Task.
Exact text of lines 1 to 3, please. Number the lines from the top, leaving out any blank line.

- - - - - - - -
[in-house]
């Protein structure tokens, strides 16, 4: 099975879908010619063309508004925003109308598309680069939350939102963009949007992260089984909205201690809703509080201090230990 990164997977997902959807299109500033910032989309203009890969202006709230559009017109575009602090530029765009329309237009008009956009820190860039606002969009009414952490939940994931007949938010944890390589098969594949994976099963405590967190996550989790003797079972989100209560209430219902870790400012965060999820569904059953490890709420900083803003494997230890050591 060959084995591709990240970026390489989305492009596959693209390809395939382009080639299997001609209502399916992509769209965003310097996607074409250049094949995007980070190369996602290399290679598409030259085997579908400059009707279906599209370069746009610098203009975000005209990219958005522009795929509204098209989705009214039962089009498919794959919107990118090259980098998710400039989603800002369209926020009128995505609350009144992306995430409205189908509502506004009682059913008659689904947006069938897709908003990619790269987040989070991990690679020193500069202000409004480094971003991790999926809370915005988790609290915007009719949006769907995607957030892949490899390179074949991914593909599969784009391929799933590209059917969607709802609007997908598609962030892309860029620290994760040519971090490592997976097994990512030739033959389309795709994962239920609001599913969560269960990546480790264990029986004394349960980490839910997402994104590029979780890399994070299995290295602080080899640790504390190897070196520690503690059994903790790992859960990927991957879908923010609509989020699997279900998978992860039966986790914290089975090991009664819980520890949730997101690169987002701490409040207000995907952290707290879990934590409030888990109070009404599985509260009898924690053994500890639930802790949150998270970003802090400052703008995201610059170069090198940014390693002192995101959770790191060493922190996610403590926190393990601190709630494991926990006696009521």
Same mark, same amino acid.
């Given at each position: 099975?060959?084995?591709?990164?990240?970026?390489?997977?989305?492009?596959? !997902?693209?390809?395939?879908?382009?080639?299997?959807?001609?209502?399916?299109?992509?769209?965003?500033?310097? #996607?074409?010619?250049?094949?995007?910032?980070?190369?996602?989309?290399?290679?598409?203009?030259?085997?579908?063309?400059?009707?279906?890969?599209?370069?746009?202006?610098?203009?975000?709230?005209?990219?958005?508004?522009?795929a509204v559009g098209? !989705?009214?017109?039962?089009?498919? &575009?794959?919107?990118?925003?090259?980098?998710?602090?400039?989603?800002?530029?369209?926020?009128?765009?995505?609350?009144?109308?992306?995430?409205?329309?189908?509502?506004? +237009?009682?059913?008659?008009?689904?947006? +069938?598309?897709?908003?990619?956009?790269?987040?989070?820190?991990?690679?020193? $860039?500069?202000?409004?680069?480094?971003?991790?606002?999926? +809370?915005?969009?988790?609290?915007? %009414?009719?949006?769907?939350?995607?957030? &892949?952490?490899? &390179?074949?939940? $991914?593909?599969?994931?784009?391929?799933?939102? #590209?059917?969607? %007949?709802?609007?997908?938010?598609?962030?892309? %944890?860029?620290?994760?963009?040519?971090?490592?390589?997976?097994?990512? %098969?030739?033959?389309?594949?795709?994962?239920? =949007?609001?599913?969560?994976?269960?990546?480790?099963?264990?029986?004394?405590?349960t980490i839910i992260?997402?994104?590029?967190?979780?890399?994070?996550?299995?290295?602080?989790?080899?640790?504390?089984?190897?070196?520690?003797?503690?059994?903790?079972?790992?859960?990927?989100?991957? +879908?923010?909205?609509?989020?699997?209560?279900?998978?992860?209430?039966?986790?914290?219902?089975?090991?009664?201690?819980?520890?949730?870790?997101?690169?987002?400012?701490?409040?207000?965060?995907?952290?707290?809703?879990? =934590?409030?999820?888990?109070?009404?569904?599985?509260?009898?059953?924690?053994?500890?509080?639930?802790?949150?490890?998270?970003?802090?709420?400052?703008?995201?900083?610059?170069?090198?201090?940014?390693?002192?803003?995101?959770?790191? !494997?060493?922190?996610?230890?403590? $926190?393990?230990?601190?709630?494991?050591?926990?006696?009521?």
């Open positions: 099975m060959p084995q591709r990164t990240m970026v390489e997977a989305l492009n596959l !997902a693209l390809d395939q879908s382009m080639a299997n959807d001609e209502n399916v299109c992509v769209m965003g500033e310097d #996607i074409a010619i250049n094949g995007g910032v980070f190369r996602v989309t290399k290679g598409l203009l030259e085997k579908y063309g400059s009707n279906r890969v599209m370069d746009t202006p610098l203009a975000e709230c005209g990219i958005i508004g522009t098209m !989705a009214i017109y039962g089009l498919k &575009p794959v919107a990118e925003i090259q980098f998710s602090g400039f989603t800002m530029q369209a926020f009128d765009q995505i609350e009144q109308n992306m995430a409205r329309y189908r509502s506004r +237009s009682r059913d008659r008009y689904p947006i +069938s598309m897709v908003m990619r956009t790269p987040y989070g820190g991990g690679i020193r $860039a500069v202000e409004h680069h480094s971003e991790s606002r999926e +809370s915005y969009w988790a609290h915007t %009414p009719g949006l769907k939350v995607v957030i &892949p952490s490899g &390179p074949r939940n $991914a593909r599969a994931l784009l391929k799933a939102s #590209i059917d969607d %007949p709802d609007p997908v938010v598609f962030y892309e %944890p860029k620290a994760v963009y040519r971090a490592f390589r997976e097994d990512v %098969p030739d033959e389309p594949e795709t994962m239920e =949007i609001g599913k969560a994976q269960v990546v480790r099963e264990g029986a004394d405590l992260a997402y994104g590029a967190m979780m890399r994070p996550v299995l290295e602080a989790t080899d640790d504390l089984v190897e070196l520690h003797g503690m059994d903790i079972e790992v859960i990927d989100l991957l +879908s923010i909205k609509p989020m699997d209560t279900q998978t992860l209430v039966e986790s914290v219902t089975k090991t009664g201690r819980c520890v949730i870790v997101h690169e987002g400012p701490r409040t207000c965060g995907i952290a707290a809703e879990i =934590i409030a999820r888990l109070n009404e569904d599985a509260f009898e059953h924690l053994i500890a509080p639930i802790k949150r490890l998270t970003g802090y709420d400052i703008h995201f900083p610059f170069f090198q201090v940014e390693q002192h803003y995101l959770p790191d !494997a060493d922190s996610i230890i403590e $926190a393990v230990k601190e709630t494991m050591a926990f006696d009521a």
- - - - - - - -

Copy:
[in-house]
């Protein structure tokens, strides 16, 4: 099975879908010619063309508004925003109308598309680069939350939102963009949007992260089984909205201690809703509080201090230990 990164997977997902959807299109500033910032989309203009890969202006709230559009017109575009602090530029765009329309237009008009956009820190860039606002969009009414952490939940994931007949938010944890390589098969594949994976099963405590967190996550989790003797079972989100209560209430219902870790400012965060999820569904059953490890709420900083803003494997230890050591 060959084995591709990240970026390489989305492009596959693209390809395939382009080639299997001609209502399916992509769209965003310097996607074409250049094949995007980070190369996602290399290679598409030259085997579908400059009707279906599209370069746009610098203009975000005209990219958005522009795929509204098209989705009214039962089009498919794959919107990118090259980098998710400039989603800002369209926020009128995505609350009144992306995430409205189908509502506004009682059913008659689904947006069938897709908003990619790269987040989070991990690679020193500069202000409004480094971003991790999926809370915005988790609290915007009719949006769907995607957030892949490899390179074949991914593909599969784009391929799933590209059917969607709802609007997908598609962030892309860029620290994760040519971090490592997976097994990512030739033959389309795709994962239920609001599913969560269960990546480790264990029986004394349960980490839910997402994104590029979780890399994070299995290295602080080899640790504390190897070196520690503690059994903790790992859960990927991957879908923010609509989020699997279900998978992860039966986790914290089975090991009664819980520890949730997101690169987002701490409040207000995907952290707290879990934590409030888990109070009404599985509260009898924690053994500890639930802790949150998270970003802090400052703008995201610059170069090198940014390693002192995101959770790191060493922190996610403590926190393990601190709630494991926990006696009521």
Same mark, same amino acid.